Naagin, Makkhi, Pataali Devi: Why Indian TV's obsession with the supernatural doesn't seem to end
Naagin, Icchapyari Naagin and Sasural Simar Ka - the one trend that doesn't seem to die down on Indian television is the supernatural. Will this ever end?
I spent the whole of 2011 preparing for my pre-boards. That is also the year when Sasural Simar Ka debuted on Colors TV. Six years and two degrees later, the time has come for me to link my aadhar card to my salary account but Sasural Simar Ka is still running, in all its glory.
In the interim, Simar has turned into a makkhi (housefly), defeated Pataali Devi after being possessed by her, while Roli, her sister, has undergone a life and face changing plastic surgery. She is now a part-time bahu and a part-time ichhadhaari naagin. Simar’s career graph has always been at an all-time high as she continues to save the Bharadwaj family from unforeseen, life-threatening situations and simultaneously lap up as many ‘jeeti rahos’ as she can from Mataji, who, by the way, has been wearing the same wig for six years now.
This is 2017 and Sasural Simar Ka will have completed 2000 episodes just before we ring in the new year. To put things into perspective, Game of Thrones is also going to end after 70 episodes, once the final season airs.
But that’s not what the actual tragedy is. What’s truly tragic is, the supernatural and the superstitious has made a comeback on Indian television (as if sh*t wasn’t already hitting the roof).
And the question remains: Do we ever get a break?
“Never,” says writer Varun Grover, who has films like Masaan and Accident On Hill Road to his credit. Although he stopped writing for TV a long while ago, he firmly believes that “TV will stop existing the day we get rid of these regressive elements, be it the naagin or the evil saasu ma.”
Maybe he’s right because most people will not be able to point out a current decent Indian TV show if you ask them to. Because Indian television has forgotten the art of balancing. If there is one naagin, there will be another naagin, which will outdo the previous one by wearing tackier clothes and lighter contacts.
Some see this as a conscious business decision which wants to exploit the insecurities of the Indian masses and cash in on them and some believe that it’s merely a trend, and will soon fade out.
“When a show works, the most natural reaction of other channels is to replicate it. Therefore, in a way, one hit does more harm than good to a channel,” says Purnendu Shekhar, creator of Balika Vadhu. That explains why a string of daily soaps set in an obscure Rajasthani village were produced in quick succession after Balika Vadhu.
Similarly, there was Naagin, which was closely followed by Icchapyaari Naagin. So, trends do have a shelf life but that does not keep them from coming back in fashion. Similarly, although most of the shows featuring a naagin are currently off air, they might come back sooner than we think. “For all you know, there might already be Naagin 3 in the making,” he adds.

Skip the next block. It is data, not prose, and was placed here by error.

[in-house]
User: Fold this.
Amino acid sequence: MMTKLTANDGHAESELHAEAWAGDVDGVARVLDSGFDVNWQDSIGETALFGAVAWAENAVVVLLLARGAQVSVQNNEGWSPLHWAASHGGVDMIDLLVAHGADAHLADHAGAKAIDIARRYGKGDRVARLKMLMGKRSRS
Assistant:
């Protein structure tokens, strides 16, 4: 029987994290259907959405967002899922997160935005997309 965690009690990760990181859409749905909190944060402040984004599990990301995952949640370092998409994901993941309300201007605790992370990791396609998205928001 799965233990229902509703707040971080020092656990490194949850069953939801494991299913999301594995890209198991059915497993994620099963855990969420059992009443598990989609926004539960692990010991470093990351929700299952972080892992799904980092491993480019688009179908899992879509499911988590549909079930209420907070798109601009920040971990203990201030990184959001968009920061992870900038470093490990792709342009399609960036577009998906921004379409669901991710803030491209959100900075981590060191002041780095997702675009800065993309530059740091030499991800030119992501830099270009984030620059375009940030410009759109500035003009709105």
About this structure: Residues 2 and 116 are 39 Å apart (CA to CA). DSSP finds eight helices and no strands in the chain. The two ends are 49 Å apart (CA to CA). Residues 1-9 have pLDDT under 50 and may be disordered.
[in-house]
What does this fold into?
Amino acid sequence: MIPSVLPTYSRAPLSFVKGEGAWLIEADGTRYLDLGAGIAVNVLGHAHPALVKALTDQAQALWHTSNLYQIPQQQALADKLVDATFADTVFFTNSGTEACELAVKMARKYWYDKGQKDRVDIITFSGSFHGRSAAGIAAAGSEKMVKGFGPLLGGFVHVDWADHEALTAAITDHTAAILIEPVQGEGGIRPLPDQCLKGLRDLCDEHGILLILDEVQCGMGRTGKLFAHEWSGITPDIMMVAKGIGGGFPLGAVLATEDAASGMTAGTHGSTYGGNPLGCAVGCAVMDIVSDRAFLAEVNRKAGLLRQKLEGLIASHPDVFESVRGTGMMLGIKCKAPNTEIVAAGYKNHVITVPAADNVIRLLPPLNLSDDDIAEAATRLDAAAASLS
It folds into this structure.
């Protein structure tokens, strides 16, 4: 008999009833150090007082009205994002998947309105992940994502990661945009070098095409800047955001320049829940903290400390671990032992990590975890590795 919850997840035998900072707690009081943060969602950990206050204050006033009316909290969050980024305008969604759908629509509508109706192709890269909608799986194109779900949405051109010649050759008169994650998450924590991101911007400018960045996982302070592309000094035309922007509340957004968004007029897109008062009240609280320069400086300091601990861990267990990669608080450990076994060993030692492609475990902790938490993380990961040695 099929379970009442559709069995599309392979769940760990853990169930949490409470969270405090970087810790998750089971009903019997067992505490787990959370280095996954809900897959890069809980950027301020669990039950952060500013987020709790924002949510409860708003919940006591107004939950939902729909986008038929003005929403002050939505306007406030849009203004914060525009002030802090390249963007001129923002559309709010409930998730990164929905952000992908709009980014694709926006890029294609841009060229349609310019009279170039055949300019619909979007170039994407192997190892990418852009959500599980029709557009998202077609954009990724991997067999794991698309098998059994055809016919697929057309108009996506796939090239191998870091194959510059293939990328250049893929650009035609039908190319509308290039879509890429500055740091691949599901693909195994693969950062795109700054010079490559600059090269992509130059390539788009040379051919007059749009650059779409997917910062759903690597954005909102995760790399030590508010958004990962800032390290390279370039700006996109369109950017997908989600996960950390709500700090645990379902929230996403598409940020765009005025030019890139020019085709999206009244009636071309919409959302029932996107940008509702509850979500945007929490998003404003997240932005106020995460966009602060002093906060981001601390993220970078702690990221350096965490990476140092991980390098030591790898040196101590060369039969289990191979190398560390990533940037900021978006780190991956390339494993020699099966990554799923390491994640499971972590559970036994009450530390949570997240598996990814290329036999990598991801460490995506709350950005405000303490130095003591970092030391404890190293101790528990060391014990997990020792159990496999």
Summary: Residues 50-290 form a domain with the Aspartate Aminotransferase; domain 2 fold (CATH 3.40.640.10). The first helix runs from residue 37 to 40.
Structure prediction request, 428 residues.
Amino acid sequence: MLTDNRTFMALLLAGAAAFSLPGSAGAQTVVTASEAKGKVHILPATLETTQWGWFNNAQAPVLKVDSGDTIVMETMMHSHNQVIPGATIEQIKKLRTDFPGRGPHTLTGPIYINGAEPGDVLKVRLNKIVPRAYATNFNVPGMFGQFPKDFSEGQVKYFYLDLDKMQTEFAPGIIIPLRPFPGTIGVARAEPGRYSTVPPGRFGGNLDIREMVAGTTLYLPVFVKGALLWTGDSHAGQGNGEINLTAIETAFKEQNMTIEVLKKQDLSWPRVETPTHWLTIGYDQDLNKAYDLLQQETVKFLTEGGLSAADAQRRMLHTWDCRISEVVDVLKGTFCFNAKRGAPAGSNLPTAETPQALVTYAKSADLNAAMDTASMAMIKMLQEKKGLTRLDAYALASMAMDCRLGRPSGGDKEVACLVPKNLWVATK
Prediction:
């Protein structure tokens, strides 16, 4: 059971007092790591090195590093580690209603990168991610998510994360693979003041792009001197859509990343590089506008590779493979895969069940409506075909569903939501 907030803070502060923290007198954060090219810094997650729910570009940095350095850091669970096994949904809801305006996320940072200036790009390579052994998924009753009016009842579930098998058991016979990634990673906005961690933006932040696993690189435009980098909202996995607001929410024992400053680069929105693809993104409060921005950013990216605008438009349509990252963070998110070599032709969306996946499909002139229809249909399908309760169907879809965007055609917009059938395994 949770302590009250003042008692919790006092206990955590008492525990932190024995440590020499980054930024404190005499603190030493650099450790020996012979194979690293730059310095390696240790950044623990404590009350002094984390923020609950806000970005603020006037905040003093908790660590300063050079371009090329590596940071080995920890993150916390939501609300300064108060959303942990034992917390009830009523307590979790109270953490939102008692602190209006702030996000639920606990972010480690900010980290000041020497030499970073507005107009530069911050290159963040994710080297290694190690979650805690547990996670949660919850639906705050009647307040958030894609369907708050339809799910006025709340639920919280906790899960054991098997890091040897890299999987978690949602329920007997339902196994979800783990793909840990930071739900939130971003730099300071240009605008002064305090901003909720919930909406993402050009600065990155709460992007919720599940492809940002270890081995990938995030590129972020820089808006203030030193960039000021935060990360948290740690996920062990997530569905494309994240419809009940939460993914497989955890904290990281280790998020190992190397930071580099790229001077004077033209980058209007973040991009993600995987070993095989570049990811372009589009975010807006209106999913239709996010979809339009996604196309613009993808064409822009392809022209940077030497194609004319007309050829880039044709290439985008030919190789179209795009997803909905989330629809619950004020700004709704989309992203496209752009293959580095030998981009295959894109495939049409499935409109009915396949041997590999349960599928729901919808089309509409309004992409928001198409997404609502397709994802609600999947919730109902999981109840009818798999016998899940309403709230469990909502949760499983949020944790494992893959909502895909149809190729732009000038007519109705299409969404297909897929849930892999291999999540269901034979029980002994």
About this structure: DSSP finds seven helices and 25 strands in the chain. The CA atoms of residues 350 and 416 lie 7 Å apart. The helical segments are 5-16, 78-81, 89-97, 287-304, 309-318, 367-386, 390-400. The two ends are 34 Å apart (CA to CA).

But if Indian TV thrives on trends, then why isn’t anyone looking at a reboot of shows like Remix, Hip Hip Hurray and Dhoom Machao Dhoom? What’s stopping this trend from taking over?
According to Nupur Asthana, creator of Hip Hip Hurray and Maahi Ve, in a country like ours, there are no simplistic answers. She does, however, think the rot lies in the way these ‘genres’ are executed. “Fantasy and the supernatural are huge in the United States, too, as a TV genre but these themes are executed very differently in India.” She points at Game of Thrones, which, come to think of it, is nothing but a fantasy set in a world of make-believe. But what is the Indian equivalent of a GoT? Definitely not Brahmarakshas by any stretch of the imagination.
The bitter truth is, we are not pleased with characters which can make their own decisions — characters which falter because of their flaws and not because of some tantric’s conspiracies. “These shows have stood the test of time because there was honest storytelling and the audiences were not treated like idiots,” says Asthana.
But again, do the existing Indian TV shows annoy only a particular rung of society or have we started reserving our coldest rejections for just Bollywood? Why else won’t we have a TV equivalent of a Newton to co-exist with a Golmaal Again? “Because viewers do not have a choice. There is no alternative. There’s no channel which will not give you bullshit," says Grover. And so, the possibility of rejection is eliminated when it comes to Indian TV shows.
A sidenote for those who genuinely enjoy watching these TV shows — Chetan Hansraj is going to play a 'reptilian' named Mahish in Shaktipeeth Ke Bhairav. If you're pumped about this, do not watch this space. I repeat, do not watch this space.
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